- The Washington Times - Sunday, January 21, 2001

Consumers usually know what they are looking for, whether it is something to make eyes less puffy or skin more soft or to provide a shield from the sun's rays.

When they get to the cosmetics department, however, they often have to sift through a dizzying display of scientific-sounding ingredients, some of which are touted as breakthroughs to save their skin.

That is why it is important to go to the cosmetics counter armed with knowledge to understand what it is you are buying, says Paula Begoun, a Seattle consumer advocate and author of the book "Don't Go to the Cosmetics Counter Without Me."

One popular ingredient these days is alpha hydroxy acid (AHA). AHAs are derivatives of fruit acid that are found in many exfoliants, cleansers and moisturizers.

AHAs help get rid of the outer layer of skin cells, unclog pores, improve skin appearance and allow moisturizer to better penetrate the skin, says Dr. Patricia Engasser, a San Francisco dermatologist and a spokeswoman for the American Academy of Dermatology.

"Part of the reason AHAs are so popular is because the feedback has been so good," Dr. Engasser says. "There is research that shows that AHAs may cause dermal changes and lighten dark spots. It is a product that has had great consumer research and response."

Ms. Begoun says AHA products are most effective if they have a 5 percent to 8 percent concentration and a pH level of 3 to 4. She says that using an AHA cleanser is a waste because most of it will get washed down the drain. Ms. Begoun also says to avoid using other exfoliating products along with AHA products, as that could stress and irritate skin.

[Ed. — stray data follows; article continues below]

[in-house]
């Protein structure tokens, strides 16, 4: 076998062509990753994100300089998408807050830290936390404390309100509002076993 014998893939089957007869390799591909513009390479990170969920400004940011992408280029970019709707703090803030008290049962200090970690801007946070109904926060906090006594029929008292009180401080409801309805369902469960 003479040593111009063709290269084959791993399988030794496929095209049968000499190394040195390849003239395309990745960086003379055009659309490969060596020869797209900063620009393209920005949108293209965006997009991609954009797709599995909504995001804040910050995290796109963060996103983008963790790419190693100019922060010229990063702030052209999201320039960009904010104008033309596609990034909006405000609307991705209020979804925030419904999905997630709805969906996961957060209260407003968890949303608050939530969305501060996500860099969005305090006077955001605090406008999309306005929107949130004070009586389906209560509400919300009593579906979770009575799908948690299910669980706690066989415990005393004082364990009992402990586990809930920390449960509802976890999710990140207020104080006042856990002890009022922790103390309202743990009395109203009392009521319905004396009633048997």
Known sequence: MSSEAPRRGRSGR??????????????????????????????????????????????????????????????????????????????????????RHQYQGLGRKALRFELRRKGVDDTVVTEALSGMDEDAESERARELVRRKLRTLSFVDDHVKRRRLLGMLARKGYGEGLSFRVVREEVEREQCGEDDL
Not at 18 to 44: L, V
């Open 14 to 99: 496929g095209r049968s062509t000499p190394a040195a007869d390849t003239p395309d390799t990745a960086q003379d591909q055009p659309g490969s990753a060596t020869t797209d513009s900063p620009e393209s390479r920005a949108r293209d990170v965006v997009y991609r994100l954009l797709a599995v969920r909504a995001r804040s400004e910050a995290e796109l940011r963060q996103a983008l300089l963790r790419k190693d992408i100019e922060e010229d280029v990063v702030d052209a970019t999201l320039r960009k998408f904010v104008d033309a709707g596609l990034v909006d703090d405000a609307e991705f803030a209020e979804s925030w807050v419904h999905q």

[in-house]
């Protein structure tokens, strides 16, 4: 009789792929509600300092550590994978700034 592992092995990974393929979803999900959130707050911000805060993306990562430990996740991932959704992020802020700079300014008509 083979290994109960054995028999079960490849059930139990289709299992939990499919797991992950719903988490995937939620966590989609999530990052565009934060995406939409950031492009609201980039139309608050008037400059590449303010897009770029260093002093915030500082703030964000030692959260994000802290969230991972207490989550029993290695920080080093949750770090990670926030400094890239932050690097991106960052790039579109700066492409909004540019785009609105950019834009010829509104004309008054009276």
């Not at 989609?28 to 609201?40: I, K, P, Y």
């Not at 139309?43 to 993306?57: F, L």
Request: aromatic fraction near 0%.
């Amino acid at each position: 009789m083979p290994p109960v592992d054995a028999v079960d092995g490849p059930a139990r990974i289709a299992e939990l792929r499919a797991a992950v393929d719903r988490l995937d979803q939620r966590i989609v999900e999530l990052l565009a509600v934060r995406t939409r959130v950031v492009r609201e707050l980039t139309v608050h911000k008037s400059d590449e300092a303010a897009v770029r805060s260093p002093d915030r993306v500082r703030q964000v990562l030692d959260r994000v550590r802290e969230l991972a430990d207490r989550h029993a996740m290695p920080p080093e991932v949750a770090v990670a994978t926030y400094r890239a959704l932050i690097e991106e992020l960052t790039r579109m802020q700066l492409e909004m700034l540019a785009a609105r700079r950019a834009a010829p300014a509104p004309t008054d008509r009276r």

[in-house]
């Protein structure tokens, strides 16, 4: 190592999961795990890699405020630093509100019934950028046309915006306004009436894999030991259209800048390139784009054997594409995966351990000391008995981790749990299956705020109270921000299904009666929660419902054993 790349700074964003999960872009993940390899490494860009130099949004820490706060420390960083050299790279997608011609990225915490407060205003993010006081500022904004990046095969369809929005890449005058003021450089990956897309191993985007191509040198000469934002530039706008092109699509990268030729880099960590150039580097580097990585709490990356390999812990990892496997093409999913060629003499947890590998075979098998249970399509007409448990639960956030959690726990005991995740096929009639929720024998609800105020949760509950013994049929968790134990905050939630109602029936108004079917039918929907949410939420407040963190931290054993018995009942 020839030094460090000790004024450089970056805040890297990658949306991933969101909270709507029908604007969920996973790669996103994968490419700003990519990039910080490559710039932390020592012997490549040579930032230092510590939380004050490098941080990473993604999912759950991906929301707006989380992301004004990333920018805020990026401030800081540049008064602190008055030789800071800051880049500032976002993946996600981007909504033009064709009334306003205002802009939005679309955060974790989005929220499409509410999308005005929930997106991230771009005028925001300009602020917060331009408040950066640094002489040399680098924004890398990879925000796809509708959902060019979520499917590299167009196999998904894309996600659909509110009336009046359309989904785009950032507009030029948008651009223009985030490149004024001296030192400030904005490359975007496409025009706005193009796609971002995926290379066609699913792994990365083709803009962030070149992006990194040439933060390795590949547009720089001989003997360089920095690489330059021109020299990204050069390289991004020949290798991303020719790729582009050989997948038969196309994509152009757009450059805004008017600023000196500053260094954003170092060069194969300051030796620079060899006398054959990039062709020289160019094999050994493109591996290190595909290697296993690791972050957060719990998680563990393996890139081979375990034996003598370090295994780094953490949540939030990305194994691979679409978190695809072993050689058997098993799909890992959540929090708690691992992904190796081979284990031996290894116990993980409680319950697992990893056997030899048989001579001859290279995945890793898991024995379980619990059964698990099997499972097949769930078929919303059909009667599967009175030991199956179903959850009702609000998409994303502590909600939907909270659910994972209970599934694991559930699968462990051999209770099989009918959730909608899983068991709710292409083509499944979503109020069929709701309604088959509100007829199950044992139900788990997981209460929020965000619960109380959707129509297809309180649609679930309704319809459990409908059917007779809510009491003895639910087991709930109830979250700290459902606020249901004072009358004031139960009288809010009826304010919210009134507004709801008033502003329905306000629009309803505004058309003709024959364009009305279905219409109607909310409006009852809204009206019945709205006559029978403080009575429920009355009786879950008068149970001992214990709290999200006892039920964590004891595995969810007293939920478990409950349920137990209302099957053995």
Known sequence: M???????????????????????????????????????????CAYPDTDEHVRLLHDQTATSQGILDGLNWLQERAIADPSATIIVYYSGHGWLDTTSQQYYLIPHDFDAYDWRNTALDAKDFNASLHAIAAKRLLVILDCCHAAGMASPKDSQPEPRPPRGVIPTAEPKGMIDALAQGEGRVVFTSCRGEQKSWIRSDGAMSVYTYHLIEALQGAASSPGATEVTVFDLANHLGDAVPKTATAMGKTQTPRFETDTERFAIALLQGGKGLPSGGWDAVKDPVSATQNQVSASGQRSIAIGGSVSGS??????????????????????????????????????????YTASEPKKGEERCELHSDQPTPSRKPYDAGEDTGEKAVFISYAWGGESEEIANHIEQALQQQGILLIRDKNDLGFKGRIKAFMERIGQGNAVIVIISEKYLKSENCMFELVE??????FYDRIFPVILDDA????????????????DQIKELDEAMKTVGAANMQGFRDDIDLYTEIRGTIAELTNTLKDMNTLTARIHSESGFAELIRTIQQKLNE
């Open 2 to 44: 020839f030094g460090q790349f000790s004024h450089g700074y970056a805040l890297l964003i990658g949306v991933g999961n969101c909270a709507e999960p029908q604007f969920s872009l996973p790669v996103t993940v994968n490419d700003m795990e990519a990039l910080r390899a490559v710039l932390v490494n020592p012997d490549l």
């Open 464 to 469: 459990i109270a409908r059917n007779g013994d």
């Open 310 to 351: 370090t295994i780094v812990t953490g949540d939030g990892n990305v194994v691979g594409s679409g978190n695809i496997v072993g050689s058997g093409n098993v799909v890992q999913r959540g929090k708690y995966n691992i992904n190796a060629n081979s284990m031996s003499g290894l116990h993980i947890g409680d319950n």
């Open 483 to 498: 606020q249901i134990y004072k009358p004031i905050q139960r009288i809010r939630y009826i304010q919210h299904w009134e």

"Liposomes" is another trendy buzzword at the cosmetics counter. Liposomes themselves are not ingredients, but are microscopic spheres that allow for the penetration and slow release of water and moisture into the layers of the skin, Dr. Engasser says.

"They may change how well an ingredient is absorbed into the skin," she says.

Vitamins, particularly vitamins A, C and E, also are popular additions to skin products.

Leading the way is retinol, a vitamin A derivative. Retinol has risen in popularity since the prescription drug Retina-A made headlines more than a decade ago as a remarkable wrinkle cream.

The proof is limited that retinol is effective, Ms. Begoun says. While there is some evidence that retinol in large quantities can show the same sort of benefits as Retin-A, the amounts in over-the-counter cosmetic products are still far less than the 20 percent concentration of the prescription product.

"You may get some of the same effects," Dr. Engasser says, "but what the customer does not know is what percentage of the compound is in the product."

Vitamins C, A and E are anti-oxidants that, when consumed as part of an overall diet, provide protection against cellular breakdown and free-radical damage.

While ad copy for cosmetics touts the addition of anti-oxidants to slow down aging, Dr. Engasser says those claims might be a stretch.

"It is controversial as to whether you can get antioxidants into the skin so they counteract or neutralize the effects of oxygen, particularly sun damage," she says. "The question is, can you get the anti-oxidants where they need to be?"

Ms. Begoun says anti-oxidants won't give immediate results, but they can't hurt in the long run. She advises checking the ingredients list to find a product (ideally, a moisturizer) that has vitamins near the top of the list, not the bottom.

"Targeting the problem for the short term is pointless," she writes in another of her books, "The Beauty Bible." "Oxygen and sunlight are all around us every day of our lives. The world of skin care makes it sound like anti-oxidants are a quick fix, and that is absolutely not true."

Anti-oxidants could help in the long run by slowing down cell oxygenation, Ms. Begoun says, but don't expect to see any instant results.

"You won't see any difference in your skin," she writes. "But if free-radical damage, and thus the destruction of skin structure, can be slowed, or if sun damage can be reduced, then anti-oxidants should help."


Copyright © 2018 The Washington Times, LLC. Click here for reprint permission.

The Washington Times Comment Policy

The Washington Times welcomes your comments on Spot.im, our third-party provider. Please read our Comment Policy before commenting.

 

Click to Read More and View Comments

Click to Hide